Spokane Journal of Business

RadMax to introduce innovative motor technology

R&D company’s devices draw international appeal

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-—Virginia Thomas
RadMax Technologies lead machinist Wes Cranmore is among the seven employees who work at the emerging company’s Hillyard manufacturing laboratory.

Top executives at RadMax Technologies Inc., a Spokane-based research and development company, say the company is positioned to launch innovative new motor technology that has been attracting attention from companies and governments here and internationally.

RadMax Technologies has been working to refine a rotary engine technology that the company says has a myriad of potential applications and little competition.

The RadMax device, called the RadMax TPXG, can be an internal combustion engine, a compressor, a gas expander, a pump, or it can perform a combination of these functions, depending on how the intake and exhaust ports are configured.

Lynn Petersen, vice president of business development, says that the essential technology of the device relies on the expander, or turbine, which extracts energy from a pressurized flow of gas or liquid.

“The two areas we’re working on are natural gas distribution systems and refrigeration systems, because they use what they call throttling valves to reduce the pressure,” Petersen says. “(A normal throttling valve is) like when you have air in a balloon, and you let it out to reduce the pressure. Our device actually captures that pressure release, we create rotary motion with it, and we generate electricity.”

Paul Chute, RadMax CEO and chief financial officer, says the company has focused on creating a simple design with few parts relative to similar devices. For example, where most diesel engines have more than 1,000 distinct parts, RadMax’s diesel engine prototype has 75.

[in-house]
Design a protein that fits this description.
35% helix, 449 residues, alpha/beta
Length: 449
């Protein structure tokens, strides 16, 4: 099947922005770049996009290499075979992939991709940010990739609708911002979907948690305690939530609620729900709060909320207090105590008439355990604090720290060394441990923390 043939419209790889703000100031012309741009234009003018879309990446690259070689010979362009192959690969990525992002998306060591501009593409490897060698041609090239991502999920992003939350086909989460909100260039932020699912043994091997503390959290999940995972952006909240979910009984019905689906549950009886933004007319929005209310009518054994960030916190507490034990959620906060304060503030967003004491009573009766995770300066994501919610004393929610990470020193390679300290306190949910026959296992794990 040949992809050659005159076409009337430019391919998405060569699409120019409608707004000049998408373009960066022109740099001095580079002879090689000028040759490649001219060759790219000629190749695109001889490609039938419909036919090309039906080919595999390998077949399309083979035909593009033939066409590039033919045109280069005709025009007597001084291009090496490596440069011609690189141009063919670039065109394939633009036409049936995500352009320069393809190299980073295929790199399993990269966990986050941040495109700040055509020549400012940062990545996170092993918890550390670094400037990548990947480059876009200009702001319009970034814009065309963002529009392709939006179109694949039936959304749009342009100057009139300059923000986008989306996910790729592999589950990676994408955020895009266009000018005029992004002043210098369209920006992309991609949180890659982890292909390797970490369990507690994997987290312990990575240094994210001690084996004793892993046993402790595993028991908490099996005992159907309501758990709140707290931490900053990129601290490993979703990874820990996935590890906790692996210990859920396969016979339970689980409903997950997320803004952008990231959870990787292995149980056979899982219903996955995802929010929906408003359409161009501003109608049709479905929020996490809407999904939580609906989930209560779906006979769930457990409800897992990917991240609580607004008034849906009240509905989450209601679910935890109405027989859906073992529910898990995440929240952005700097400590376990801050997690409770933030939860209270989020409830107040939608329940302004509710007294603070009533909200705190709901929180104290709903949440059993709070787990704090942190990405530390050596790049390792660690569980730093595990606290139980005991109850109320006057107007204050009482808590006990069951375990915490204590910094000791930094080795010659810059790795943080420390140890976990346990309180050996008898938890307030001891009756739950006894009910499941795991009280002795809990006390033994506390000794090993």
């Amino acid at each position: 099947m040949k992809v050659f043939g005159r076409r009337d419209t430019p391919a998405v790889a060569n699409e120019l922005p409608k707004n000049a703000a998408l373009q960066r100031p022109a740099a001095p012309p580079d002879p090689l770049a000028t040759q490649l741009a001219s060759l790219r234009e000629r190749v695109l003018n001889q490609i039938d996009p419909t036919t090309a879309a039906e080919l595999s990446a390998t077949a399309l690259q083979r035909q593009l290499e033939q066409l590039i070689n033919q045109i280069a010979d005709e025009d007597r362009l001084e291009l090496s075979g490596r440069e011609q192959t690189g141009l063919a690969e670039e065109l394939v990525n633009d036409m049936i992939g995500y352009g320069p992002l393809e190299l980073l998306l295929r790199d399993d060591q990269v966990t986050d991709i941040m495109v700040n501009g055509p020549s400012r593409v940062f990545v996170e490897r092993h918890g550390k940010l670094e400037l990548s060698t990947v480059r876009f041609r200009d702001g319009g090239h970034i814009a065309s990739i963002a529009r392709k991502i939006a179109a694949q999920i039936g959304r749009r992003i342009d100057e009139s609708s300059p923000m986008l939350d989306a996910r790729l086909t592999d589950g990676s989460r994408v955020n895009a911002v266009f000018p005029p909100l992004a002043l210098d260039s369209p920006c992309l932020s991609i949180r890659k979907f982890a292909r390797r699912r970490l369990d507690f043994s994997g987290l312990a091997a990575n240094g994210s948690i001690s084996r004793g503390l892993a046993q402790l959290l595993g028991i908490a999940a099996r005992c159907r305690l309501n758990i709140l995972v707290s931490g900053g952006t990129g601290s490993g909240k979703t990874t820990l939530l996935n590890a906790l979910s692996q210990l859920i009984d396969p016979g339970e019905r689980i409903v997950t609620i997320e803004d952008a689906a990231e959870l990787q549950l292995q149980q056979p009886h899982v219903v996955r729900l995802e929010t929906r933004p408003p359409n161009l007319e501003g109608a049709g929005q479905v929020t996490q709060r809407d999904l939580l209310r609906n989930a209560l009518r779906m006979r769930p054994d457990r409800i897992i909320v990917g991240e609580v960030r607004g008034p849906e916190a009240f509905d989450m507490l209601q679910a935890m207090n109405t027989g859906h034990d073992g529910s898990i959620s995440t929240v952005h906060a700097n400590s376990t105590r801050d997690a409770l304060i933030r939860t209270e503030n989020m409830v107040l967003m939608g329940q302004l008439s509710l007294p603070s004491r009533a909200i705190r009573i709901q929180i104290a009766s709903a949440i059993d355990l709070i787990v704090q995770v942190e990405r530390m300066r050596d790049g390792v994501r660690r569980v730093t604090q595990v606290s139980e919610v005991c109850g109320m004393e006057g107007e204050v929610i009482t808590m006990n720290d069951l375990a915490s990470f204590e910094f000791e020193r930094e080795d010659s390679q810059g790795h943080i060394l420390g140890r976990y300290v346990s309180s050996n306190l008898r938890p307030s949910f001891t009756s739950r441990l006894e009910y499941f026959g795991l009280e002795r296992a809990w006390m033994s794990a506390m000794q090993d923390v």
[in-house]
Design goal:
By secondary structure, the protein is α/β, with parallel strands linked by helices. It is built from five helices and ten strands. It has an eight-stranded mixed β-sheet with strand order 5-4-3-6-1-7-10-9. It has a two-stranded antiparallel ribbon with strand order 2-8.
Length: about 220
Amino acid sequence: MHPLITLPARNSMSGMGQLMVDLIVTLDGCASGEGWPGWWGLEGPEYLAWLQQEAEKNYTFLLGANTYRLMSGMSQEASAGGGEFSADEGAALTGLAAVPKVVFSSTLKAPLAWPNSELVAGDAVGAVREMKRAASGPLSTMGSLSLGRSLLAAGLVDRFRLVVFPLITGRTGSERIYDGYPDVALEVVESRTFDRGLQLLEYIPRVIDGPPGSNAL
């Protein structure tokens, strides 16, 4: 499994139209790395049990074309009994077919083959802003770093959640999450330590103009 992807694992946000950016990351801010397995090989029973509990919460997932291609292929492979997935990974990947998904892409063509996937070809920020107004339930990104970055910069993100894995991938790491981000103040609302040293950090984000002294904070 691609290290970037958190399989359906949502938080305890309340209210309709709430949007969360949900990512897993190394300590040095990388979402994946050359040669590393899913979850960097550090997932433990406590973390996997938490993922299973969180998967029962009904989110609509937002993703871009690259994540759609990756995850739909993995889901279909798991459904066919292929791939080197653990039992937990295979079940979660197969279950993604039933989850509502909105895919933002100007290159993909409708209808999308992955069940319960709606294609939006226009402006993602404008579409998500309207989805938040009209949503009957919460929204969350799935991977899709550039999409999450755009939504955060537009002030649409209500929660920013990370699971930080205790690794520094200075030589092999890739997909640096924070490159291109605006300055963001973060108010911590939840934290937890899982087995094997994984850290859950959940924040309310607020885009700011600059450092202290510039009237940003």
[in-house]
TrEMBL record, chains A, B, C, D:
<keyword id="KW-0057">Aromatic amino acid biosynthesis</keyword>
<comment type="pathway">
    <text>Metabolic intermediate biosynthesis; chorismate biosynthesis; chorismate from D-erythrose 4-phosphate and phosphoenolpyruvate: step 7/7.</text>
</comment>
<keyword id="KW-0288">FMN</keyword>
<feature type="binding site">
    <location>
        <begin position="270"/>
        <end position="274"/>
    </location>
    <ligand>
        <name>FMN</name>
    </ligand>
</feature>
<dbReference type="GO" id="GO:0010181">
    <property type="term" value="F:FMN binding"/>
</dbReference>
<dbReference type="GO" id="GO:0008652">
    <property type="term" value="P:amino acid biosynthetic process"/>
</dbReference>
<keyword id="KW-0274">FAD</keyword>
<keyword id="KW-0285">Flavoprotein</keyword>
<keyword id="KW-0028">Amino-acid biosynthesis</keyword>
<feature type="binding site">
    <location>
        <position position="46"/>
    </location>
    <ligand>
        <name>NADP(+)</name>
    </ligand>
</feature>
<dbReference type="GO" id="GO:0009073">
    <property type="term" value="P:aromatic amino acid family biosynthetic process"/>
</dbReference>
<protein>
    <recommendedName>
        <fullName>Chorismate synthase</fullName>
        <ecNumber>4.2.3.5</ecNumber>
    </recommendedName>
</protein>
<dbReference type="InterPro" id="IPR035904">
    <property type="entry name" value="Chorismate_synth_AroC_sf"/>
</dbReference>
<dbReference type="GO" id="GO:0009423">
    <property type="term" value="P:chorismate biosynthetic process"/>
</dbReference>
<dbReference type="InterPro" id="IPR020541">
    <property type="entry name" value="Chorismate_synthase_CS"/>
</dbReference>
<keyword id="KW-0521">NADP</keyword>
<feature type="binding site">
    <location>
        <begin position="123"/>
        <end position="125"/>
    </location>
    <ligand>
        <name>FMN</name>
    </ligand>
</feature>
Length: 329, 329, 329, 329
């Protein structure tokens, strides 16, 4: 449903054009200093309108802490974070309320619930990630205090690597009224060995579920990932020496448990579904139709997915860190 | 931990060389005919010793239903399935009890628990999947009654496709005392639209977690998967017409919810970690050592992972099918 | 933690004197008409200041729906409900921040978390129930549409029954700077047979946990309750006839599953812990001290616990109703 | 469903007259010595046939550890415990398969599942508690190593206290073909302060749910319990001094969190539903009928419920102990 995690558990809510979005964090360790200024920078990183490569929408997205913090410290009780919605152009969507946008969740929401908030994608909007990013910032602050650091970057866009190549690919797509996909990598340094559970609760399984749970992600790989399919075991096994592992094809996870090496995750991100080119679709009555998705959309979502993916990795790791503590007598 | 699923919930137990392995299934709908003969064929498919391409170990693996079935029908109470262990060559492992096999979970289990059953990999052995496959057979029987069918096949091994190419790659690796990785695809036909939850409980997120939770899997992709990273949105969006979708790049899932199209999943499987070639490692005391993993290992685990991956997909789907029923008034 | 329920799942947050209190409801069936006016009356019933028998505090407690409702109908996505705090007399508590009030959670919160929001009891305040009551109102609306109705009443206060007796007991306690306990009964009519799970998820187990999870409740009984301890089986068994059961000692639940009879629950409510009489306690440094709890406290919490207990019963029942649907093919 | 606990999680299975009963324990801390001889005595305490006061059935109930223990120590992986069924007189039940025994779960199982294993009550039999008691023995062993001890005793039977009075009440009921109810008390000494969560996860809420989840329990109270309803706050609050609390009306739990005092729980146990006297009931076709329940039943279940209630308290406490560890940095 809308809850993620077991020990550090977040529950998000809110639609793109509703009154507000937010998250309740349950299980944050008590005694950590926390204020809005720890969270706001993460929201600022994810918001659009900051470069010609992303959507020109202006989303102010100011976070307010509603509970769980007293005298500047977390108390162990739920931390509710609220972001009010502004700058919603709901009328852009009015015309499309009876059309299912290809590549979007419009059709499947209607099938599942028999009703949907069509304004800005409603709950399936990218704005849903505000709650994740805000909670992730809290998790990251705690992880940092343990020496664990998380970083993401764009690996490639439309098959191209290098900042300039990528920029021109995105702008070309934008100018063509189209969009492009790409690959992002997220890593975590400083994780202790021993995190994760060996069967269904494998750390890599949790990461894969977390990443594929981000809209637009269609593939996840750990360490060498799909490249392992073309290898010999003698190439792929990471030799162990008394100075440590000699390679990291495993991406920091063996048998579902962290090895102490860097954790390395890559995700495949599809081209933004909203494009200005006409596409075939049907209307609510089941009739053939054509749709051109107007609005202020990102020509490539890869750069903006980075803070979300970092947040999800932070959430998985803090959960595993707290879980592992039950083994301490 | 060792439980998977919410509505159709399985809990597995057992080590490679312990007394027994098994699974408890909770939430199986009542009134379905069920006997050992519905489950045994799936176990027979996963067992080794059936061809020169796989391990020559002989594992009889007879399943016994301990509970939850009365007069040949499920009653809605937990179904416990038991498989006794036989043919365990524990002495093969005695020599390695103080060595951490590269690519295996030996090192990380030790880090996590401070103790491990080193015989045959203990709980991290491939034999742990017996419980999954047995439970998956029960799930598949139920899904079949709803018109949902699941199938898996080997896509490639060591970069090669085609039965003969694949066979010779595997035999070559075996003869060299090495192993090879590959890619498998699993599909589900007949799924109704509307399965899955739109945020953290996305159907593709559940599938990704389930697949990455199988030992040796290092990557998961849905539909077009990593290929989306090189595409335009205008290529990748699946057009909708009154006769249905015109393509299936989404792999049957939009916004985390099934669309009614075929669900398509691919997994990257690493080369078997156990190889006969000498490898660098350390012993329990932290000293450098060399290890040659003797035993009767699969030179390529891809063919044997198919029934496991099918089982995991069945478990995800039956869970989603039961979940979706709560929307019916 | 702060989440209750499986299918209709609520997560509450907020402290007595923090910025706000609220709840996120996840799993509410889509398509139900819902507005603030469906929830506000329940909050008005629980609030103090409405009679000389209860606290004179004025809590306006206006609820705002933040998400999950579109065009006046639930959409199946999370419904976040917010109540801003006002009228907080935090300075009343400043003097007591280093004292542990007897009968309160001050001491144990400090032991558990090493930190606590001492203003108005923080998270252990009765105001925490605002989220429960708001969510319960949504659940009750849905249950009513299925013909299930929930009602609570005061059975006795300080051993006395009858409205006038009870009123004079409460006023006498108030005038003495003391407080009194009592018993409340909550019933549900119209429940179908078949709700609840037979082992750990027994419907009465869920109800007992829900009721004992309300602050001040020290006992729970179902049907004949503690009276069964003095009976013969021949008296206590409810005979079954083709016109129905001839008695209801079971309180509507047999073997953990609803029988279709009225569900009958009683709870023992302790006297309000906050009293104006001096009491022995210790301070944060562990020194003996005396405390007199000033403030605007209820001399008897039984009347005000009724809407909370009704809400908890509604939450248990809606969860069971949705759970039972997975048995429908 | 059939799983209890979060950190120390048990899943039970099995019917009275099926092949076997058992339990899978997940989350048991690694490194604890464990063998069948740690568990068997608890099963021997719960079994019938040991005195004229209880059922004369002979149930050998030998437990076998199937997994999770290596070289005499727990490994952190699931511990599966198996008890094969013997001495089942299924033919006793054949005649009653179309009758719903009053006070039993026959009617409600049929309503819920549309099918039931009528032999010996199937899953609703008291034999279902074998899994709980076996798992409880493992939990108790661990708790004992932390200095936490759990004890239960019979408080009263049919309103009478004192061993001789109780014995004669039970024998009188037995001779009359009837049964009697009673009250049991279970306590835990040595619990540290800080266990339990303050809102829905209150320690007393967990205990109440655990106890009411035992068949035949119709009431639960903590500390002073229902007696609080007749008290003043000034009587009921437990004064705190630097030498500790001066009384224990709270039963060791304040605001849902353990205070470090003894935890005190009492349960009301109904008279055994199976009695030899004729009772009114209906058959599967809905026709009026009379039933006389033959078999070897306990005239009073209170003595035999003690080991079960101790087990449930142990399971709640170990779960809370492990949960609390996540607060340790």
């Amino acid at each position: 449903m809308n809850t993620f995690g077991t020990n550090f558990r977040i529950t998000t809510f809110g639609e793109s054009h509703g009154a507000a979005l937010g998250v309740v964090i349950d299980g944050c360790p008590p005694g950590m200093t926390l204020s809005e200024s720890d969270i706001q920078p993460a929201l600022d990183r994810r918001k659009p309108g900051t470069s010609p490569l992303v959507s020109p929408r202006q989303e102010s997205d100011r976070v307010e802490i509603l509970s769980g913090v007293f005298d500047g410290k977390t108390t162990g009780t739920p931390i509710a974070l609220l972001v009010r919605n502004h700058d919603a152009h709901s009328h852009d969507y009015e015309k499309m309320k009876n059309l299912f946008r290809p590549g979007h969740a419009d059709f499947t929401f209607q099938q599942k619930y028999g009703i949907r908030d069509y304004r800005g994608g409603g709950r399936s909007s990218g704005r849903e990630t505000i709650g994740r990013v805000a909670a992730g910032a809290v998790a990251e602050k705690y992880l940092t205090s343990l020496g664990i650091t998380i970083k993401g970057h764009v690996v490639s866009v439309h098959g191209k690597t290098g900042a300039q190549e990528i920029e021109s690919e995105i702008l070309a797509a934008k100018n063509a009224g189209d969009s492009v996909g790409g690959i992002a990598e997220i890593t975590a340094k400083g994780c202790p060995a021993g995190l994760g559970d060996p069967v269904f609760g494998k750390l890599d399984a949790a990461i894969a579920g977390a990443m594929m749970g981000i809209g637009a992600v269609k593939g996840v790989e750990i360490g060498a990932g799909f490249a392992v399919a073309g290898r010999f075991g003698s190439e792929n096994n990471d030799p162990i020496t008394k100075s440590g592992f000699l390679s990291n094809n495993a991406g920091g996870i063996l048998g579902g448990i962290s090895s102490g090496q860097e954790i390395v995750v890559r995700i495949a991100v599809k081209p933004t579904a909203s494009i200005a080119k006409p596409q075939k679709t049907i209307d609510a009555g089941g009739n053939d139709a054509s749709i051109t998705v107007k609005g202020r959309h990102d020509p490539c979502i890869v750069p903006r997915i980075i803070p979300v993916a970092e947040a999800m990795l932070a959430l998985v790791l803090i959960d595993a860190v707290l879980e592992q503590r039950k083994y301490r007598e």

The simplicity of RadMax’s designs allows such engines to be produced in smaller scales while retaining high energy output, Chute asserts.

The company’s headquarters and a manufacturing lab are located at 7520 N. Market, in the Dennis Court building. Chute says RadMax and its parent company Regi U.S. Inc. have seven full-time employees and works with several consultants.

RadMax has received two patents, has filed another six patents, and is working on several additional patents, Chute says.

RadMax’s technology has received attention from some Canadian natural gas companies that are interested in partnering with RadMax on devices for pipelines, Chute says.

RadMax is also a semifinalist in a funding competition sponsored by the Natural Gas Innovation Fund, which is a part of the Canadian Natural Gas Association.

Petersen says several natural gas industry members contribute to the fund, the purpose of which is to find and promote new technology that will benefit the industry.

“They also bring in the Canadian government agencies and some other people who could also contribute financing to this,” he says.

About 30 companies entered a project for consideration. Petersen says both of the projects RadMax submitted advanced to the semi-final round, where 12 total projects are vying for funding.